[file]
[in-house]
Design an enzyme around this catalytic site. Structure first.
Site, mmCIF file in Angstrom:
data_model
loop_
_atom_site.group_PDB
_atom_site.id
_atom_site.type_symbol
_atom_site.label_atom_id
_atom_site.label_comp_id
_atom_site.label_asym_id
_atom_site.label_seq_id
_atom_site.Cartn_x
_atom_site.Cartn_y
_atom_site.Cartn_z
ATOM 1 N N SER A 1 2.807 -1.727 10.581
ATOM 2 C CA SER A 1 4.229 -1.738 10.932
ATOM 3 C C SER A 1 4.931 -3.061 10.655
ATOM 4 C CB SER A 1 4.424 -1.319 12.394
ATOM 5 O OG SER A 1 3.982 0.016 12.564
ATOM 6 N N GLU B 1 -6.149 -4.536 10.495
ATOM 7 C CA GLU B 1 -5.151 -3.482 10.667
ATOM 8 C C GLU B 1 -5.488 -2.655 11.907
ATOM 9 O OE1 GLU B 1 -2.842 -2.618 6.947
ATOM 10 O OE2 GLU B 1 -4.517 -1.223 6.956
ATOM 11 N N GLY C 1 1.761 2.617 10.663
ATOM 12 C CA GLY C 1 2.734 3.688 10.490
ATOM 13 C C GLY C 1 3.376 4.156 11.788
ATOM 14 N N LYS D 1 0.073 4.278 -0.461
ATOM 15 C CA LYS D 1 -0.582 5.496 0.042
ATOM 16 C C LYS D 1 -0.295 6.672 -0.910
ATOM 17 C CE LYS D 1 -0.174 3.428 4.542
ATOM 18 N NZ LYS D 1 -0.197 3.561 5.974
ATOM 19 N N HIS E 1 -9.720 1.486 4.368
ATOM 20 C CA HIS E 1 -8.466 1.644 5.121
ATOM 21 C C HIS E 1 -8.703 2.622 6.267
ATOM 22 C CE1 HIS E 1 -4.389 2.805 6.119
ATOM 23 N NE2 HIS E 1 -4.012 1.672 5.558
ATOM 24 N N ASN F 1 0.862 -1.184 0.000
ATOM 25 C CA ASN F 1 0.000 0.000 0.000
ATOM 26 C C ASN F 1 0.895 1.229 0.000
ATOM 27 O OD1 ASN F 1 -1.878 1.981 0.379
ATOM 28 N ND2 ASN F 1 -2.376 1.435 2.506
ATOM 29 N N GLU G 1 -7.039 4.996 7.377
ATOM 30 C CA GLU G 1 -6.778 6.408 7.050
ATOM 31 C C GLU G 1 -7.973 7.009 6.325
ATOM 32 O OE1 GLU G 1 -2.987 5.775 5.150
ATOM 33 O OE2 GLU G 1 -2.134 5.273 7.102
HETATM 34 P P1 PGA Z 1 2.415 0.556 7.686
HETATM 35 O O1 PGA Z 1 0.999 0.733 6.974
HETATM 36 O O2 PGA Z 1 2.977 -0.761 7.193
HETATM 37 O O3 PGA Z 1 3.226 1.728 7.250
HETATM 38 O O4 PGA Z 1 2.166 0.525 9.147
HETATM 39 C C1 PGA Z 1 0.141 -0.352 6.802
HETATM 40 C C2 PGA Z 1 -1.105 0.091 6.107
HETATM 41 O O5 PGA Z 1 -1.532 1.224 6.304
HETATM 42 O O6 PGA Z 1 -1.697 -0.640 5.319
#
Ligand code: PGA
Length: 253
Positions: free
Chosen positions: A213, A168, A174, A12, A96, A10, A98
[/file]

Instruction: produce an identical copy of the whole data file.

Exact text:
[in-house]
Design an enzyme around this catalytic site. Structure first.
Site, mmCIF file in Angstrom:
data_model
loop_
_atom_site.group_PDB
_atom_site.id
_atom_site.type_symbol
_atom_site.label_atom_id
_atom_site.label_comp_id
_atom_site.label_asym_id
_atom_site.label_seq_id
_atom_site.Cartn_x
_atom_site.Cartn_y
_atom_site.Cartn_z
ATOM 1 N N SER A 1 2.807 -1.727 10.581
ATOM 2 C CA SER A 1 4.229 -1.738 10.932
ATOM 3 C C SER A 1 4.931 -3.061 10.655
ATOM 4 C CB SER A 1 4.424 -1.319 12.394
ATOM 5 O OG SER A 1 3.982 0.016 12.564
ATOM 6 N N GLU B 1 -6.149 -4.536 10.495
ATOM 7 C CA GLU B 1 -5.151 -3.482 10.667
ATOM 8 C C GLU B 1 -5.488 -2.655 11.907
ATOM 9 O OE1 GLU B 1 -2.842 -2.618 6.947
ATOM 10 O OE2 GLU B 1 -4.517 -1.223 6.956
ATOM 11 N N GLY C 1 1.761 2.617 10.663
ATOM 12 C CA GLY C 1 2.734 3.688 10.490
ATOM 13 C C GLY C 1 3.376 4.156 11.788
ATOM 14 N N LYS D 1 0.073 4.278 -0.461
ATOM 15 C CA LYS D 1 -0.582 5.496 0.042
ATOM 16 C C LYS D 1 -0.295 6.672 -0.910
ATOM 17 C CE LYS D 1 -0.174 3.428 4.542
ATOM 18 N NZ LYS D 1 -0.197 3.561 5.974
ATOM 19 N N HIS E 1 -9.720 1.486 4.368
ATOM 20 C CA HIS E 1 -8.466 1.644 5.121
ATOM 21 C C HIS E 1 -8.703 2.622 6.267
ATOM 22 C CE1 HIS E 1 -4.389 2.805 6.119
ATOM 23 N NE2 HIS E 1 -4.012 1.672 5.558
ATOM 24 N N ASN F 1 0.862 -1.184 0.000
ATOM 25 C CA ASN F 1 0.000 0.000 0.000
ATOM 26 C C ASN F 1 0.895 1.229 0.000
ATOM 27 O OD1 ASN F 1 -1.878 1.981 0.379
ATOM 28 N ND2 ASN F 1 -2.376 1.435 2.506
ATOM 29 N N GLU G 1 -7.039 4.996 7.377
ATOM 30 C CA GLU G 1 -6.778 6.408 7.050
ATOM 31 C C GLU G 1 -7.973 7.009 6.325
ATOM 32 O OE1 GLU G 1 -2.987 5.775 5.150
ATOM 33 O OE2 GLU G 1 -2.134 5.273 7.102
HETATM 34 P P1 PGA Z 1 2.415 0.556 7.686
HETATM 35 O O1 PGA Z 1 0.999 0.733 6.974
HETATM 36 O O2 PGA Z 1 2.977 -0.761 7.193
HETATM 37 O O3 PGA Z 1 3.226 1.728 7.250
HETATM 38 O O4 PGA Z 1 2.166 0.525 9.147
HETATM 39 C C1 PGA Z 1 0.141 -0.352 6.802
HETATM 40 C C2 PGA Z 1 -1.105 0.091 6.107
HETATM 41 O O5 PGA Z 1 -1.532 1.224 6.304
HETATM 42 O O6 PGA Z 1 -1.697 -0.640 5.319
#
Ligand code: PGA
Length: 253
Positions: free
Chosen positions: A213, A168, A174, A12, A96, A10, A98